There is also a membership discount store in my town called Sam’s Club. It’s like a Costco or Fedco. They offer a dental discount program. It’s not insurance, but for about $70 a year I can become a member. I get a discount card that I can take to participating dentists, and get their services for a discount. The only drawback is that most of the dentists in the program are in large cities. Be sure to check this out before you join to be sure your dentist is part of the program.

There are ways to get medical care that is free or inexpensive without using insurance. In my town, there is a health clinic that has a sliding scale based on income. There’s also a dental school in town that has very inexpensive rates if you let the students work on you. I know people that drive for over an hour to use this facility and they think it’s wonderful.

In Arizona, there is also the AHCCCS Program (Arizona Health Care Cost Containment System) which offers low cost insurance for low-income households with an annual income of up to $18,000. Check with your state to see if it has a program like this.

Consider an option that requires no insurance. Put money into a bank account. I know of one person who put $2,000 into a bank account before starting her own business. The money would be used for any medical expenses. Over the next two years, she put another $8,000 into the account. So far, this has taken care of all the medical problems that have arisen for her family of four. If you want even more security, you could set up a savings account, and have catastrophic insurance coverage with a high deductible.

Just decide what you are comfortable with. I usually go with the minimal coverage because I have virtually no health problems. I’m in my late forties, and in the past twelve years I have only gone to a doctor once and I take no medication. The only recurring health problem I have is getting new glasses every five years or so, and having the occasional filling. I’ve always been very healthy and I don’t see this changing any time soon.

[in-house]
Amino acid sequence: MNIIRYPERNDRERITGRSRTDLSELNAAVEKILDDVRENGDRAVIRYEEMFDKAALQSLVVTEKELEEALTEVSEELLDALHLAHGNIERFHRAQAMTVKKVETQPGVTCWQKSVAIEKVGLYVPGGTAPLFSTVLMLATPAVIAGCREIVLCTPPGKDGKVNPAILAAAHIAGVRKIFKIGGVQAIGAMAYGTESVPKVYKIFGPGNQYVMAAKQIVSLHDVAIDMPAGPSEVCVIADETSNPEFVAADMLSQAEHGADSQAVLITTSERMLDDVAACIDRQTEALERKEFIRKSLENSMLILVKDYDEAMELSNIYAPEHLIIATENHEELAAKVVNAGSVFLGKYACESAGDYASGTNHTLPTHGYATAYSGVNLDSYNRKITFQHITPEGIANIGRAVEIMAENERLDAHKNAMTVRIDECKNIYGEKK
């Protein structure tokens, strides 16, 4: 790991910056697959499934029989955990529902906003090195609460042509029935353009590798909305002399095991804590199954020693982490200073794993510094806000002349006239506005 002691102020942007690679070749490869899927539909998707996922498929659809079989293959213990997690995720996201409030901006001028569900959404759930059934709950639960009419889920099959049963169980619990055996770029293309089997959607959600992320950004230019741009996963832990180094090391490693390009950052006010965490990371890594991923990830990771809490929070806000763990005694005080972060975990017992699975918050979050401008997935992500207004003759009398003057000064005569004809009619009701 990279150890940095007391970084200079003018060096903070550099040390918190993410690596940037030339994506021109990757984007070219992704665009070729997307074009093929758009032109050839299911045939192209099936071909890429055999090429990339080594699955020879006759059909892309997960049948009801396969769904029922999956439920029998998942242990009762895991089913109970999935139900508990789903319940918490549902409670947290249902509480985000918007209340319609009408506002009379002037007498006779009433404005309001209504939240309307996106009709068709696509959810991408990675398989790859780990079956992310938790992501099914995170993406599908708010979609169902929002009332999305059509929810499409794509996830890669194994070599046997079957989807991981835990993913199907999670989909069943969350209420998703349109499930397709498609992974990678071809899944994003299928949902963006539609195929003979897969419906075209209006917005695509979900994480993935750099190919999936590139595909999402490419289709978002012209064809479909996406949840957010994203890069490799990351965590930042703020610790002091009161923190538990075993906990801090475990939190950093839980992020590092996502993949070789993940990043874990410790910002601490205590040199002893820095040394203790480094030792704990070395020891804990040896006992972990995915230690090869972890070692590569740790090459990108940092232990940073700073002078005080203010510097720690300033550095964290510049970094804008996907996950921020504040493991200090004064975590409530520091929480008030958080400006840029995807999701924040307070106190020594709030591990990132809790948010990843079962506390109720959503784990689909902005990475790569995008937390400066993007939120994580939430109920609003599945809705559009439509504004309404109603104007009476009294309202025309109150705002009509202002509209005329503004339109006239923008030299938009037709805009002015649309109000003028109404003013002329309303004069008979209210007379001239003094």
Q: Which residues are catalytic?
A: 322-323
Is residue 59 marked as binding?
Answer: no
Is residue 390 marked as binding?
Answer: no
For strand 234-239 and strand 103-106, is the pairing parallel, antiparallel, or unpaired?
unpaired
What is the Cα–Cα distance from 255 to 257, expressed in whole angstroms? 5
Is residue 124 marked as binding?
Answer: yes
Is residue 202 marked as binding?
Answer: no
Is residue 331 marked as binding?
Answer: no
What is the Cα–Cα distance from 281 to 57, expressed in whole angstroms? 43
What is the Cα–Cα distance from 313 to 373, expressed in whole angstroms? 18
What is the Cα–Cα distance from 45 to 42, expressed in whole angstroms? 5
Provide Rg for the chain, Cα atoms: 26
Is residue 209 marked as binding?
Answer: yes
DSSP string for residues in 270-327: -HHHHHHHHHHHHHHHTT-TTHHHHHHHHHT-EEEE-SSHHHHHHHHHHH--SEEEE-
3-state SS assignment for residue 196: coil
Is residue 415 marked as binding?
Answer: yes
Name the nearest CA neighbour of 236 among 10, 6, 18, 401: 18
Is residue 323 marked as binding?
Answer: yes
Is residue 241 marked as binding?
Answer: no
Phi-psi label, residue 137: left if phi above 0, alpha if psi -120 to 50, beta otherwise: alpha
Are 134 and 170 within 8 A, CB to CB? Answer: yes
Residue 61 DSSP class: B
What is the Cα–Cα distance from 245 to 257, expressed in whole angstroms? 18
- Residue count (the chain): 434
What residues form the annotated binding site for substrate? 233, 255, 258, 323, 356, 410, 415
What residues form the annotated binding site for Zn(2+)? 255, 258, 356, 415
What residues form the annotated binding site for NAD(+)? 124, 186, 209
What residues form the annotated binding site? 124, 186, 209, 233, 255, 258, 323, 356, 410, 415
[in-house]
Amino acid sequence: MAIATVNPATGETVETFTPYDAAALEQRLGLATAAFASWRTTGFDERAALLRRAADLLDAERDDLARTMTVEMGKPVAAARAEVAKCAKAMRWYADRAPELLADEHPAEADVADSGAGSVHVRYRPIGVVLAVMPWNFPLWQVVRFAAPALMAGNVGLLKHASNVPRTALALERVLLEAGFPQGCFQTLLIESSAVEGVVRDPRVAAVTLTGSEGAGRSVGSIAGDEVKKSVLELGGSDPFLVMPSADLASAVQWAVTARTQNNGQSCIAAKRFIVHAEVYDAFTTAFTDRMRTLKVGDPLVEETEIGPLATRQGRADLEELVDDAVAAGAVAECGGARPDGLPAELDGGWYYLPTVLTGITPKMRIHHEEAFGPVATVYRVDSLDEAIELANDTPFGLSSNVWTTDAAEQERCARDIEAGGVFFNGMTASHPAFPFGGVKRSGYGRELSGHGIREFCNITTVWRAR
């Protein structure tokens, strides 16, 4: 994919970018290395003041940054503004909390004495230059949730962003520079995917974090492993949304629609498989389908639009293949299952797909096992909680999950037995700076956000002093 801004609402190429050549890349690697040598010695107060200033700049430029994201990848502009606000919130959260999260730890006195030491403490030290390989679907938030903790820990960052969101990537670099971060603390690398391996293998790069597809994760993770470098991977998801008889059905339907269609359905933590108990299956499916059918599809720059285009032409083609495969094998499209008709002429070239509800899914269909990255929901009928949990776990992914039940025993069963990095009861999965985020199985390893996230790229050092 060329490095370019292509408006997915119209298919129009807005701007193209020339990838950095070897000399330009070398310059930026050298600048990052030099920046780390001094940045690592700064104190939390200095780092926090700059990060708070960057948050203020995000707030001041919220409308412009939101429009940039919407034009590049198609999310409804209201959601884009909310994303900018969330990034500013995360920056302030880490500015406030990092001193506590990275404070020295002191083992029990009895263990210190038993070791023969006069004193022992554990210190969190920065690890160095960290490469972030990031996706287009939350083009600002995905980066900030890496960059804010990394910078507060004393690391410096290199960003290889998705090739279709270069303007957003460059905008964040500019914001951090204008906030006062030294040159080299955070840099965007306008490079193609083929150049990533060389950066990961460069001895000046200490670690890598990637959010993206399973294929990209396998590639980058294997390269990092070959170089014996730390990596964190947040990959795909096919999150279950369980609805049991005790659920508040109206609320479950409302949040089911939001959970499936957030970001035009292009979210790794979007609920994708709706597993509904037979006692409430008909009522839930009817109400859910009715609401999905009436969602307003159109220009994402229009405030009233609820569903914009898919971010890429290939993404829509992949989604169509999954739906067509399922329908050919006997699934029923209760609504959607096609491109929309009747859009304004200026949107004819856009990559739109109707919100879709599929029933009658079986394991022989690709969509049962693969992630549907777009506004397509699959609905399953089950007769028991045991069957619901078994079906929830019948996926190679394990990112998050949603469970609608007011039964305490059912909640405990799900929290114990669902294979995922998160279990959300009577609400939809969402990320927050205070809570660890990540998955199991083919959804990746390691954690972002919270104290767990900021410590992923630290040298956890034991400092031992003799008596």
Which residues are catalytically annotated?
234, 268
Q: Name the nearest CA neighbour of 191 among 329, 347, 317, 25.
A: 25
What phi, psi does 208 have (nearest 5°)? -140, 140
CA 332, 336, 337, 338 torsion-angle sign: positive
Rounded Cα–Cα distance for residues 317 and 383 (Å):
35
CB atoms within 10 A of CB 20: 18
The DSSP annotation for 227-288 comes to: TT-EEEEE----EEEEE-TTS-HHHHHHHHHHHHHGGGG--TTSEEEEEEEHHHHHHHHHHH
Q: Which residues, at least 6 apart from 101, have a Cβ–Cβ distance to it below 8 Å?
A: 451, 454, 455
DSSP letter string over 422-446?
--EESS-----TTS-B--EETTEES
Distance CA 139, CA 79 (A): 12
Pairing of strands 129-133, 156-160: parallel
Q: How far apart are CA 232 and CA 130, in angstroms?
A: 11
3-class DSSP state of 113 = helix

One last note about insurance. If you are going to have clients coming to your home, you should look into liability insurance with medical reimbursement coverage. I had this several years ago when I ran a photography studio out of my house.

Fortunately, I never had to use it, but I did come close one day. A woman came in for a portrait and brought her friend, who also had a one-month-old baby. As we were getting ready, I told the mother that she and her baby could sit in a chair across the room. I pointed out a very bright orange extension cord and told her to be careful. She looked at the cord and said she would be. She then proceeded across the room and tripped on the cord. Visions of her falling on top of her baby flashed through my head before she caught her balance. Everyone was fine, but I was very glad that I had the insurance, just in case.

What you need to do, as a self-employed person seeking health insurance, is to be creative and look everywhere. Contact every club, credit card and organization you belong to, and don’t forget the college you graduated from. Call your city and state government to see what programs they offer too. Use that same creativity that keeps your business successful to find all your options, and then select the one that’s best for you. Be sure to read the fine print so you know what is, and isn’t, covered by a plan before you join.

About the author:
Jeff Colburn is a freelance writer who specializes in websites, newsletters, poetry and genre fiction. His books, "The Writer’s Dictionary Of Science Fiction, Fantasy, Horror and Mythology" and "The Youngest Ninja," can be purchased from his site, The Creative Cauldron is a site filled with information for writers, photographers, artists and other creative people.